You've either played "Peggle" or someone you know has. I'm sure of this. The game was a monstrous hit last year, a 2007 PC puzzle-game release that was downloaded more than 10 million times. It's a so-called casual game, popular with moms, but with that many downloads it's surely relevant to all gamers.
If you wanted to know if "Peggle" was any good, you could download it. But maybe you'd like to read a review. There isn't one on GameSpot. There isn't one on IGN's PC site. I didn't recall seeing one in Game Informer or … anywhere.
And when I checked Metacritic, that review aggregation service showed me why: almost no major gaming site has reviewed the heavily-downloaded "Peggle." (Until the iPod release a year later, that is.)
I asked some major reviewers and one of the people behind "Peggle" what they thought of this turn of events. Was this an indictment of the reviews system? Or the system serving its audience appropriately?
First, here is what reviewers said:
Skipping "Peggle" was a mistake -- possibly. That's what I learned from former GameSpot head reviewer and current Giant Bomb editor Jeff Gerstmann, who said he finds "Peggle" to be "pretty awesome." He told me it was part of his job responsibilities at GameSpot to decide whether "Peggle" should be reviewed. Bear in mind that we're talking about a game not typically targeted at GameSpot's gaming crowd. So reviewing it wasn't a no-brainer. "That's a call I made. I played 'Peggle' and said 'We are not going to review "Peggle."' That was a mistake. I think it was because there was a lot more stuff coming out at the time. That was kind of a below-the-radar [game]."
None of Gerstmann's readers complained about his decision, he told me. "I think 'Peggle' was below their radar for a long time as well," Gerstmann told me. "The audience isn't necessarily always looking to be turned on by something new and quirky and cool. When you get to that mainstream level of reaching however many millions, the largest portion of your audience wants to know about 'Halo' or 'GTA' or 'Madden' or whatever is big at the time."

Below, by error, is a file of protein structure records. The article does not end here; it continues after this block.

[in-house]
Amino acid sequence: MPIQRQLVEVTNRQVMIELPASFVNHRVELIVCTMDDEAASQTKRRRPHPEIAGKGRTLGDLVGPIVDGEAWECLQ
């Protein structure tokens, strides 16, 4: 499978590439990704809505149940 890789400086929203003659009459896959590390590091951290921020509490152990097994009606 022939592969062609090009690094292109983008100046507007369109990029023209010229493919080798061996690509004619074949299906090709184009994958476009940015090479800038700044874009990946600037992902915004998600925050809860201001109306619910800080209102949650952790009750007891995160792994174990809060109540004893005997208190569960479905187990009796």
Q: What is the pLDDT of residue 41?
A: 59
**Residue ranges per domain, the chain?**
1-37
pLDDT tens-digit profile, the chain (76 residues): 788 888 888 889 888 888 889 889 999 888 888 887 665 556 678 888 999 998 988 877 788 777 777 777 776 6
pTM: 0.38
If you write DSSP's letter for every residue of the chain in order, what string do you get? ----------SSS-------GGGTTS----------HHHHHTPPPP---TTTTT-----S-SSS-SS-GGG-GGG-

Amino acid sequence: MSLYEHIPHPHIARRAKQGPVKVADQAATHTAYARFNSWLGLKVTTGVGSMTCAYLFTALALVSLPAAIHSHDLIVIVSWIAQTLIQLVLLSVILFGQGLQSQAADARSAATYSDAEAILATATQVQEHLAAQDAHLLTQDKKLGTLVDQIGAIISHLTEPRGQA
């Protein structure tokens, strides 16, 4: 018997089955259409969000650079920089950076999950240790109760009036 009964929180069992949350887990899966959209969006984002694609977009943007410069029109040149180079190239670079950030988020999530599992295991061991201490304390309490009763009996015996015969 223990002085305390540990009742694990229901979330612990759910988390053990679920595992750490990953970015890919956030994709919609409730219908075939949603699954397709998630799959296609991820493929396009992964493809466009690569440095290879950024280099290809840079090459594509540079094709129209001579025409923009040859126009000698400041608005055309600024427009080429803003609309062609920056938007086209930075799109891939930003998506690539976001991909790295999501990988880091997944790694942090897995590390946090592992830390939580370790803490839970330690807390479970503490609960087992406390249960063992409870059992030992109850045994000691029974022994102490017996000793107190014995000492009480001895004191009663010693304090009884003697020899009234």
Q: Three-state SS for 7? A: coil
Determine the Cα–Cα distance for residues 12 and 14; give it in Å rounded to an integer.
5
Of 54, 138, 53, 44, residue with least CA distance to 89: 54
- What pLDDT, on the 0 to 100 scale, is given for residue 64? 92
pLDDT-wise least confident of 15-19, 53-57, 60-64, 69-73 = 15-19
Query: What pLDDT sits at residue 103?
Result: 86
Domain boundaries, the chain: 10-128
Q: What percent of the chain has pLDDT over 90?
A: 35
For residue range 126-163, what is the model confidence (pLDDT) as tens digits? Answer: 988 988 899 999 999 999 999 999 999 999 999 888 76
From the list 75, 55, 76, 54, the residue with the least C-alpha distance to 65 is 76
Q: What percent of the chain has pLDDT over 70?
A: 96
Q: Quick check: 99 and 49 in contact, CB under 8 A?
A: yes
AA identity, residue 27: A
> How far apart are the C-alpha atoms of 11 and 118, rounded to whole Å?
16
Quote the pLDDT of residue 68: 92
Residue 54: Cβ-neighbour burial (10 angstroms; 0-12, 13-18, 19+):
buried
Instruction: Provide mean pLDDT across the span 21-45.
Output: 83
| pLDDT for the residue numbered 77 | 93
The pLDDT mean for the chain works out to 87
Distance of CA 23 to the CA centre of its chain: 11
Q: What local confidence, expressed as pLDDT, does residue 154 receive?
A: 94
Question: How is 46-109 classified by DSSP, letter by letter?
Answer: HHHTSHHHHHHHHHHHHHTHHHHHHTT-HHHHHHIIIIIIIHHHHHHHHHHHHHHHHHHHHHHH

IGN's Tal Blevins admits his outlet just missed the PC version of the game. "Yes it was a popular game," he told me in an e-mail, "But since it was on PC, it was one of those titles that just got overlooked until it made a big splash with gamers. Downloadable content on the consoles is available in a more centralized manner than on the PC, so it's a bit easier to keep track of. With that said, I imagine we will do a review of Peggle when it's released on Xbox Live later this year." IGN has reviewed the iPod version, giving it a 9.0.
And what says Greg Canessa, former XBLA general manager and now a vice president at "Peggle" publisher PopCap?
"It’s up to the gaming press to meet us halfway here," he said to me in an e-mail. He's pleased with the positive press the game got in USA Today, The Wall Street Journal and The Onion, but said he wished the gaming press had shown the game more attention. He believes there were three factors keeping that from happening:
"First, I think that many of the gaming outlets are focused on console these days, moreso than PC. When we bring 'Peggle' to video game platforms, as we plan to do for XBLA and others, I expect that the amount of coverage will increase.
"Second, I do believe that the major gaming outlets have a hard time evaluating 'small games' in general. These games simply don’t compute to them, and don’t fit into the typical review model. Major gaming outlets have a hard time judging 'small' games on their own merit, since they cannot help but evaluate them on a comparative basis in the context of big retail games. To them, it seems unfair to favorably rate games with simple and accessible play mechanics that take a fraction of the time and money to make, relative to 'big' games (i.e. how could I gave a 9.5 to 'Peggle' when I gave 'Halo 3' a 9.0 – that isn’t fair!). This is an unfortunate reality today, and will require a shift in mindset amongst the game reviewers to look past how much a game cost or how many people it took to design it or how cool the graphics are, and judge each game on its own entertainment and artistic merits.
"Think about movies – a great review can go to the biggest Hollywood blockbuster or the smallest indie film (more often the latter), regardless of budget or time or sophistication. Movies are judged based on how well the reach an audience and achieve the objective they set out to accomplish, be it entertainment, enlightenment, or whatever. The game review space needs to evolve to that level.
"And third, marketing budgets are tiny to non-existent for “small” PC games and casual games in general, and 'Peggle' is no exception (marketing is a foreign concept to many of these companies). So, it can be hard for companies to reach the gaming outlets and get attention without all the hype and buzz that major publishers throw out there for their big games."
I'm not sure this is an open and shut case. So someone else must decide.